Every day, senior elementary and special education major
Kerry Palmer, wakes up early to make the 1.5-hour commute to the University of
Wisconsin-Stevens Point from Wisconsin Dells. She goes to class, education
practicum and work. After the school day, she heads home to hang out and take
care of her four children.
Being a student and a parent has its benefits and
challanges, which UWSP addresses.
For example, attending school and being a parent at the same
time adds a new level of stress to everyday life.
“All I can say is that it can be challenging. I think the
biggest struggle is to maintain balance,” said Stacy Lavongsa, a senior English
education major and mother of four.
Palmer agreed that balance was a challenge to returning to
school, but the advantage of being a parent is that she has already learned how
to balance life.
“You just go. Most parents would say that’s how they do
their lives,” Palmer said. “I’ve set a goal for myself to finish college, so I
just do it. You just make it happen.”
Thomas Houting, a senior communications major and father of
a two-year-old son, echoed Lavongsa and Palmer’s thoughts. Due to scheduling
restrictions, he’s unable to participate in extracurricular activities that
would help build his resume.
“You need to spend as much time with your child as you can,”
For Palmer, although scheduling is an issue, it isn’t the
biggest challenge. “My kids have been my life. That’s not the change for me.
It’s going back to school after 18 years.”
Going back to school and having a family can be a lot to
handle at once.
“I’ve seen first-hand how many students with children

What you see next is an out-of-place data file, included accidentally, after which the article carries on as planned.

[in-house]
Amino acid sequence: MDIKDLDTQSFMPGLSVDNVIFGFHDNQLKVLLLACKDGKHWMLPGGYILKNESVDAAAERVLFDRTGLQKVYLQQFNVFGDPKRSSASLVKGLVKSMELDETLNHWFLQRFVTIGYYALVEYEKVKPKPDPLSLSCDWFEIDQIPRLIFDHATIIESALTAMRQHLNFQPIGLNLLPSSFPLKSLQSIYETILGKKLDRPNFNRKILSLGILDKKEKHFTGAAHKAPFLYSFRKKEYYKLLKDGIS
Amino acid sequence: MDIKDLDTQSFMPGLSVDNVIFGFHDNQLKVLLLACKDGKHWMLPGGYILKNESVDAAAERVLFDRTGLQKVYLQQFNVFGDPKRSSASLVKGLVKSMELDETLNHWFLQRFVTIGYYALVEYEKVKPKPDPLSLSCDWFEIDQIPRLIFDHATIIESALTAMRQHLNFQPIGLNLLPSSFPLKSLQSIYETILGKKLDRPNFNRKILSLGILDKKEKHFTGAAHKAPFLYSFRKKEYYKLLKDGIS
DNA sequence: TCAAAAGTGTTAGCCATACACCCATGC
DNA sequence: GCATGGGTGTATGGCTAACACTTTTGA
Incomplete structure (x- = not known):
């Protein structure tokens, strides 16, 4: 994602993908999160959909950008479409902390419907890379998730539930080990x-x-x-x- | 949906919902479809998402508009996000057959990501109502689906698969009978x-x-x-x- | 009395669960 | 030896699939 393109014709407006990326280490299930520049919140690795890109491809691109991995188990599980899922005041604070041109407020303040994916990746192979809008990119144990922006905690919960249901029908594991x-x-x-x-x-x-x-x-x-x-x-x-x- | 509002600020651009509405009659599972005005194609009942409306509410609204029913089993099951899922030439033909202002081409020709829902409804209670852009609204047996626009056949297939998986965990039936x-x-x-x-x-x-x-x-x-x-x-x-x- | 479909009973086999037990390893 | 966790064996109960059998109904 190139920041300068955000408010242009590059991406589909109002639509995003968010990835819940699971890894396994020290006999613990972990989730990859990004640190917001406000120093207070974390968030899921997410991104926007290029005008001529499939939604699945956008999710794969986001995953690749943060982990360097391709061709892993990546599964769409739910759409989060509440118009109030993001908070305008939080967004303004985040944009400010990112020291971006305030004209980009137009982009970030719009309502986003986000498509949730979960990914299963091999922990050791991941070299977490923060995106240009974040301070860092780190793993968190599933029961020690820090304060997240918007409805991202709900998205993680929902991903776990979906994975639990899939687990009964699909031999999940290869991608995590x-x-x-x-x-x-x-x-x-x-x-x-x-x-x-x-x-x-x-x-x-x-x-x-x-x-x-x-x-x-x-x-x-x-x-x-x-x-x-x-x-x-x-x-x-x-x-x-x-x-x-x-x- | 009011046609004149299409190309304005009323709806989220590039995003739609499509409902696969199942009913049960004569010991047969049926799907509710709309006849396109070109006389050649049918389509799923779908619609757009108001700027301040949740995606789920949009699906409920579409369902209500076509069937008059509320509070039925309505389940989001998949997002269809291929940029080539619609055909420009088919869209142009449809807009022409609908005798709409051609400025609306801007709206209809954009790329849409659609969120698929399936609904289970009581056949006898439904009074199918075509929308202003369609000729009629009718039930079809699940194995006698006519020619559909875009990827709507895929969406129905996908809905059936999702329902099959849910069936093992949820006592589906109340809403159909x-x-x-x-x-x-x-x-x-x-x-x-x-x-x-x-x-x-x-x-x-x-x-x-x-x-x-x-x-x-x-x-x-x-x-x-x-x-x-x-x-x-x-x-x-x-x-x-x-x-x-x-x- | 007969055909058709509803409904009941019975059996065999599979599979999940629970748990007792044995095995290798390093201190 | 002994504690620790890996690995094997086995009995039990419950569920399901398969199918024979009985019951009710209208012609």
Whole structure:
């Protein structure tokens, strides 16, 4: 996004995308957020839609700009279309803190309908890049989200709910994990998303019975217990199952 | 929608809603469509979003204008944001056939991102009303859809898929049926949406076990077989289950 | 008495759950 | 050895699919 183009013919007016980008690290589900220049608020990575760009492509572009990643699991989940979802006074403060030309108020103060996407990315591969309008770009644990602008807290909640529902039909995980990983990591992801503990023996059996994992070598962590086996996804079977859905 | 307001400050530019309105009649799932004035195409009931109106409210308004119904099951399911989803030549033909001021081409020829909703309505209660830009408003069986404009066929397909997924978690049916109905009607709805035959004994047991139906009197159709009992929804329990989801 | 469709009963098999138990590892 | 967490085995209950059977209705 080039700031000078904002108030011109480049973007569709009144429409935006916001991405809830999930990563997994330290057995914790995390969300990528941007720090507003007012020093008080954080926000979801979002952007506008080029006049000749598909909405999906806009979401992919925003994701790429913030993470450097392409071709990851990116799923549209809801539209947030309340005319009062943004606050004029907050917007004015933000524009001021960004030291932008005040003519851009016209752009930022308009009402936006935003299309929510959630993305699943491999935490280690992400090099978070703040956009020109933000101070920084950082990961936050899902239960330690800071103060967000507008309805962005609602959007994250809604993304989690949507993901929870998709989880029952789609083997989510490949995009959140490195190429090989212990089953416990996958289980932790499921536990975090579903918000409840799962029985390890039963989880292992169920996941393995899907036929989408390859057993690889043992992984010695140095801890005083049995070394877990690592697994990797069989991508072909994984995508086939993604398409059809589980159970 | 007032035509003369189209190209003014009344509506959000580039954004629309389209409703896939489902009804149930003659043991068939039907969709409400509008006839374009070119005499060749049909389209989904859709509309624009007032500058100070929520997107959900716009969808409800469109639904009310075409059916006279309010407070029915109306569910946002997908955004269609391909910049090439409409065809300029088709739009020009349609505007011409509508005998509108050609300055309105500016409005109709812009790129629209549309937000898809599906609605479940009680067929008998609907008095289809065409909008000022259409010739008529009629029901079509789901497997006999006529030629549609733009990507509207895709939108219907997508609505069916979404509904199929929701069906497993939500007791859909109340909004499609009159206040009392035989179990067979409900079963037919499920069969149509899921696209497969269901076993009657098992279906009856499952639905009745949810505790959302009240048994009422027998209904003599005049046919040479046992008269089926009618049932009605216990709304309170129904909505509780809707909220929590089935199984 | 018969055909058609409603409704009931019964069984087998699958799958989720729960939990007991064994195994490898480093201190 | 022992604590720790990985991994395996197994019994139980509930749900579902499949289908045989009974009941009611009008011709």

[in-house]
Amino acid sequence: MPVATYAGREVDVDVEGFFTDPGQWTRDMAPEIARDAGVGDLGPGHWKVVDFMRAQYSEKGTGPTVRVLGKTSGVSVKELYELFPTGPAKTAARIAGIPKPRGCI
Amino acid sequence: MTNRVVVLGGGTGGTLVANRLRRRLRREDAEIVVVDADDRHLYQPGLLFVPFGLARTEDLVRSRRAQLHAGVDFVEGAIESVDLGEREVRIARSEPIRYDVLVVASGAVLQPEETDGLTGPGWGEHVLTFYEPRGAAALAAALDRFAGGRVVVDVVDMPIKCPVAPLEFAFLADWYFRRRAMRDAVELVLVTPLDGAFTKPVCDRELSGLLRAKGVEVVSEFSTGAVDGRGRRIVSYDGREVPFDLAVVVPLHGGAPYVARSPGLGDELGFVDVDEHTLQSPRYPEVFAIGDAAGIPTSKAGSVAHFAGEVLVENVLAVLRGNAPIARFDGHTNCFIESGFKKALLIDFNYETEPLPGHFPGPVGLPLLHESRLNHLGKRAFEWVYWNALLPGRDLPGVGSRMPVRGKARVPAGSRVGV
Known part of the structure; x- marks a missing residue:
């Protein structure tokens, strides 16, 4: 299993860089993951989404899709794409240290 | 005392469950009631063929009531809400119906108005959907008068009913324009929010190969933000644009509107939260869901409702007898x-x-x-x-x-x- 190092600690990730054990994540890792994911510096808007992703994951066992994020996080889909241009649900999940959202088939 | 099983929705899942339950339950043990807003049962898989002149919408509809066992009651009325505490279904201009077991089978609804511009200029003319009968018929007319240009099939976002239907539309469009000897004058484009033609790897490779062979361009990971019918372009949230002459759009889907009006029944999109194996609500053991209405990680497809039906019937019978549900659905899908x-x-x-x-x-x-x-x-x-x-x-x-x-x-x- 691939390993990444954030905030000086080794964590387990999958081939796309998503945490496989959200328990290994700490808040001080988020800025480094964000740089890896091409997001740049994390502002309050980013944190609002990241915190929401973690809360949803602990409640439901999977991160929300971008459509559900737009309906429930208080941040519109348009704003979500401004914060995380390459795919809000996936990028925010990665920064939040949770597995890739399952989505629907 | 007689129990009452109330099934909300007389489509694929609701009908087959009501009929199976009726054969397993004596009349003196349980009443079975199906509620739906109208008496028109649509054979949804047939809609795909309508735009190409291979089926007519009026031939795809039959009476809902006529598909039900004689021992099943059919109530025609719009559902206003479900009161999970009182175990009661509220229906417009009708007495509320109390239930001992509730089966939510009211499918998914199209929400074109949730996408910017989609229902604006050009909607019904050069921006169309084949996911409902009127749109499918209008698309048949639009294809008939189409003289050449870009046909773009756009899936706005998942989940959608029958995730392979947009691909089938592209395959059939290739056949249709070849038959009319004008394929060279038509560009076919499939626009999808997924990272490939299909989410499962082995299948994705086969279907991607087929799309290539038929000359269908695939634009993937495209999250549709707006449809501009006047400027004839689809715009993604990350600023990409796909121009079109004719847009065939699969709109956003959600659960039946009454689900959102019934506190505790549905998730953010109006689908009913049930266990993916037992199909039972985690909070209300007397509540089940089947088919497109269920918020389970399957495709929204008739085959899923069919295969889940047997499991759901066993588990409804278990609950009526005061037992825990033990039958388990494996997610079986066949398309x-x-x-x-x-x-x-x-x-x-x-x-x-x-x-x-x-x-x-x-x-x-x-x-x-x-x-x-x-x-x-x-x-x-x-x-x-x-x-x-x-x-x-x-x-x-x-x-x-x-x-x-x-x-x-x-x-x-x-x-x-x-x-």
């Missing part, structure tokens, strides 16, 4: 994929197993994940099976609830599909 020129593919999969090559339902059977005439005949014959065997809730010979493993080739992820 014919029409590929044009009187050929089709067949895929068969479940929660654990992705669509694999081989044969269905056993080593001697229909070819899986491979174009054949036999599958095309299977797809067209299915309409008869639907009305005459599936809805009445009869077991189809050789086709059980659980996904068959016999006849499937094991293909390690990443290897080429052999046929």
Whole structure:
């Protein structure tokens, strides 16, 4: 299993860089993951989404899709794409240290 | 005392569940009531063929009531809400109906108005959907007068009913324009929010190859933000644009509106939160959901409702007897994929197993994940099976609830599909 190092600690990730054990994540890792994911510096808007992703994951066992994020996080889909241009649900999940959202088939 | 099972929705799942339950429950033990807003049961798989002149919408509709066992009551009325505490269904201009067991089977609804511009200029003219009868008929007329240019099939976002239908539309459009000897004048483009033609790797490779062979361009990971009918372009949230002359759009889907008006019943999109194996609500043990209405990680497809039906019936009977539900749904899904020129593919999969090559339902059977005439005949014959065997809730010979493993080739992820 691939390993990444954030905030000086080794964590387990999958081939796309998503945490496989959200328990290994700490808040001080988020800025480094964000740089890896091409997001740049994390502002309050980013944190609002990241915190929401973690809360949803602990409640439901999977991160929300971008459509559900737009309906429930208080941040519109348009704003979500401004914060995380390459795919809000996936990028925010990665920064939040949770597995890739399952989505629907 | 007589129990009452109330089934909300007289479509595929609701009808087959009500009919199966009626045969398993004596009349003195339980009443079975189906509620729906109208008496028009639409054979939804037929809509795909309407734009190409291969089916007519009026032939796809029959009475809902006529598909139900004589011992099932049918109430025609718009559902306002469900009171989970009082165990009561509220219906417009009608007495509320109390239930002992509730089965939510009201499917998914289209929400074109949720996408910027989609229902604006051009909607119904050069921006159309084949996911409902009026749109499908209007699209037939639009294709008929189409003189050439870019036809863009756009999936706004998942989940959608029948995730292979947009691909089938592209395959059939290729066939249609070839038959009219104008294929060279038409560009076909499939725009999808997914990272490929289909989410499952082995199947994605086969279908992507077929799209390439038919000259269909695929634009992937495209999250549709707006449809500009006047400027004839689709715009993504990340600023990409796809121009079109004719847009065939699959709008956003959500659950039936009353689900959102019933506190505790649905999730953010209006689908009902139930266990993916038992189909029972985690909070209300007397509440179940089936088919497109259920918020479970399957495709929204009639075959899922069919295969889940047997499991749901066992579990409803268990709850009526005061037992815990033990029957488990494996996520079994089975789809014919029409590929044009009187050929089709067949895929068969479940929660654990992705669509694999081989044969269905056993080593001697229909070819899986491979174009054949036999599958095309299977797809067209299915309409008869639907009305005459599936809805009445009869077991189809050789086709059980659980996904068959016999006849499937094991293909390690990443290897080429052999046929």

struggle financially to pay for child care when they are trying to be focused
on their education and not able to work as much as they would to make ends
meet,” said Becky Helf, the director of UWSP’s Helen R. Godfrey University Child
About 55% of the children that go to the learning center,
located in Delzell Hall, are children of students that go to the university.
The program is supported by UWSP Student Government Organization through
segregated fees, which allows for student’s rates to be lower.
The program at the center is the only nationally accredited
program in the Stevens Point area by the National Association of the Education
of Young Children of having a highly educated staff.
“The staff at the center do a fantastic job educating these
young children and making the most of what they have,” Helf said.
However, because of this, the cost is higher.
“Even with the support from SGA, UWSP child-care rates for
student parents are still one of the highest in relation to other UW campuses
of similar size,” Helf said.
The program is also the only one in the UW System that is
still housed in an old residence hall building.
“They [the children] question why they can’t go outside to
play because they are unable to see out any window to know if it’s raining,”
Helf said. “Two toilets are shared by approximately 35 children. Strictly
speaking about the facility, it is beyond unacceptable!”
Although there are hardships involved with being a student
and a parent at the same time, the benefits override the stress.
“My children know first-hand how I feel about the importance
of education because they see it by my example of going to school,” Lavongsa
said. “What’s not to love about that?”
For Houting, having a child is motivation for his education.
“It’s an added responsibility other than homework. You have
a real and present reason to do well in school.”
For all of the parents, it’s a collaborative effort.
“They [my children] help me as much as I help them,” Palmer said.
One of Lavongsa’s favorite things about being a parent and a
student is that her children’s education can be an interactive experience.
“My oldest son [who attends Princeton college] just told me
that you can actually take acetaminophen for hurt feelings, and it will help
alleviate the pain just as you would for a headache!” Lavongsa said. “Doesn’t
that sound crazy? He is passing along what he is learning at college just like
I do to him and his siblings.”